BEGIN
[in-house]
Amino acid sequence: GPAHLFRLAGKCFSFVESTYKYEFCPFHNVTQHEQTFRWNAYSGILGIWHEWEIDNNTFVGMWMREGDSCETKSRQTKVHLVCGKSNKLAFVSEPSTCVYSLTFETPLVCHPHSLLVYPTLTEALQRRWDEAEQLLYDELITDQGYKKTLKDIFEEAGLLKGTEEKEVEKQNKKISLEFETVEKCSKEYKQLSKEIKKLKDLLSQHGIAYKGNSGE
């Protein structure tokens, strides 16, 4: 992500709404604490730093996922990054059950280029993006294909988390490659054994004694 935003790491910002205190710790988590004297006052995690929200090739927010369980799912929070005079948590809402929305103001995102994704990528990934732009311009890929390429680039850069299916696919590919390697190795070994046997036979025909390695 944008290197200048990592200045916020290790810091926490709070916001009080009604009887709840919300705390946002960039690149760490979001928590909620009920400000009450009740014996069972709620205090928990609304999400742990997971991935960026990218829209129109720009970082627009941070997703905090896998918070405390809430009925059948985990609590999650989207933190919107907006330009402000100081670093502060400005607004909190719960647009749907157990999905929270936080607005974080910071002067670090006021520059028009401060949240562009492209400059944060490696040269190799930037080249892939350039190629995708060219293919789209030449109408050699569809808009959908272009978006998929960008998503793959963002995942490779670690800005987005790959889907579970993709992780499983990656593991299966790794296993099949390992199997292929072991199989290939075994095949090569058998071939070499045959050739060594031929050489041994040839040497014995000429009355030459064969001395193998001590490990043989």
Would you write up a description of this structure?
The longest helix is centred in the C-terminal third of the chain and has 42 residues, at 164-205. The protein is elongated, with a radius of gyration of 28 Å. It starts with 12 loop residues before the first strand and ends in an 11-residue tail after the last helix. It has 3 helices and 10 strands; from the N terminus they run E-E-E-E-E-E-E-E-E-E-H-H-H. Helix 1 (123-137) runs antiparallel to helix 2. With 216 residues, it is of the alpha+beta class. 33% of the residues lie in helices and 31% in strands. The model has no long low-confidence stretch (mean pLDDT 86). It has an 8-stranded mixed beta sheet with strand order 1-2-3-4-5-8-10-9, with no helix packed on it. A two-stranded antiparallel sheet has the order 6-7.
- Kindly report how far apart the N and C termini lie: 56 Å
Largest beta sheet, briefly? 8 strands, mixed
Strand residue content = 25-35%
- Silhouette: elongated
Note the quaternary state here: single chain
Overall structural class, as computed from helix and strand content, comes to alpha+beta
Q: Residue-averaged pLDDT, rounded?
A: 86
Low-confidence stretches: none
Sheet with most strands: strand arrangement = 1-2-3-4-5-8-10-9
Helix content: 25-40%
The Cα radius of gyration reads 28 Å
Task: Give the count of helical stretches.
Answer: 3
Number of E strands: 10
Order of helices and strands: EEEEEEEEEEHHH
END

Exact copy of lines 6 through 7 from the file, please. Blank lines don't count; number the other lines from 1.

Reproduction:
- Kindly report how far apart the N and C termini lie: 56 Å
Largest beta sheet, briefly? 8 strands, mixed